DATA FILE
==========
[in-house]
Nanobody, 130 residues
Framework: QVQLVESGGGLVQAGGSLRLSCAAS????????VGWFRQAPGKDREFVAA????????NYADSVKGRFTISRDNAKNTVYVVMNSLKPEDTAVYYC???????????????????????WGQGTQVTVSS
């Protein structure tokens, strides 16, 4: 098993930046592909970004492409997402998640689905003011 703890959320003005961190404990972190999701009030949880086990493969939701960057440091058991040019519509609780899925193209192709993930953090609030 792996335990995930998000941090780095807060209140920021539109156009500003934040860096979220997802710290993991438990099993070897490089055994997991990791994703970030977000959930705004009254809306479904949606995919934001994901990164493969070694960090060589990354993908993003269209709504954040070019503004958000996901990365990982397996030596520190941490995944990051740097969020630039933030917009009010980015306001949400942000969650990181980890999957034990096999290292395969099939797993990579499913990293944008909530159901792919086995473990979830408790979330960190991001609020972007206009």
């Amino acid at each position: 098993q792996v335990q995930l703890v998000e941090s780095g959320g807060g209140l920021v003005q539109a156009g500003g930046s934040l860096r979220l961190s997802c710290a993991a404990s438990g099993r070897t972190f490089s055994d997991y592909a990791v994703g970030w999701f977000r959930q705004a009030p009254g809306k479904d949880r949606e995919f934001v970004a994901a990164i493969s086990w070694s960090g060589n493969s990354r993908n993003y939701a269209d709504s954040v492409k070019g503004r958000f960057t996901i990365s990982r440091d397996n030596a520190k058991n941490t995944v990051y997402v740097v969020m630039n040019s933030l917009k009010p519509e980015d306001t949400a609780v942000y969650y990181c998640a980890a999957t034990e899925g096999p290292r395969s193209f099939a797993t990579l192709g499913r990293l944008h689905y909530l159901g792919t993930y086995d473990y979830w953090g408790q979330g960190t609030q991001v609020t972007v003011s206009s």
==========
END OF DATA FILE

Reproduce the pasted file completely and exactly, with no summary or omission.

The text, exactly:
[in-house]
Nanobody, 130 residues
Framework: QVQLVESGGGLVQAGGSLRLSCAAS????????VGWFRQAPGKDREFVAA????????NYADSVKGRFTISRDNAKNTVYVVMNSLKPEDTAVYYC???????????????????????WGQGTQVTVSS
């Protein structure tokens, strides 16, 4: 098993930046592909970004492409997402998640689905003011 703890959320003005961190404990972190999701009030949880086990493969939701960057440091058991040019519509609780899925193209192709993930953090609030 792996335990995930998000941090780095807060209140920021539109156009500003934040860096979220997802710290993991438990099993070897490089055994997991990791994703970030977000959930705004009254809306479904949606995919934001994901990164493969070694960090060589990354993908993003269209709504954040070019503004958000996901990365990982397996030596520190941490995944990051740097969020630039933030917009009010980015306001949400942000969650990181980890999957034990096999290292395969099939797993990579499913990293944008909530159901792919086995473990979830408790979330960190991001609020972007206009």
């Amino acid at each position: 098993q792996v335990q995930l703890v998000e941090s780095g959320g807060g209140l920021v003005q539109a156009g500003g930046s934040l860096r979220l961190s997802c710290a993991a404990s438990g099993r070897t972190f490089s055994d997991y592909a990791v994703g970030w999701f977000r959930q705004a009030p009254g809306k479904d949880r949606e995919f934001v970004a994901a990164i493969s086990w070694s960090g060589n493969s990354r993908n993003y939701a269209d709504s954040v492409k070019g503004r958000f960057t996901i990365s990982r440091d397996n030596a520190k058991n941490t995944v990051y997402v740097v969020m630039n040019s933030l917009k009010p519509e980015d306001t949400a609780v942000y969650y990181c998640a980890a999957t034990e899925g096999p290292r395969s193209f099939a797993t990579l192709g499913r990293l944008h689905y909530l159901g792919t993930y086995d473990y979830w953090g408790q979330g960190t609030q991001v609020t972007v003011s206009s």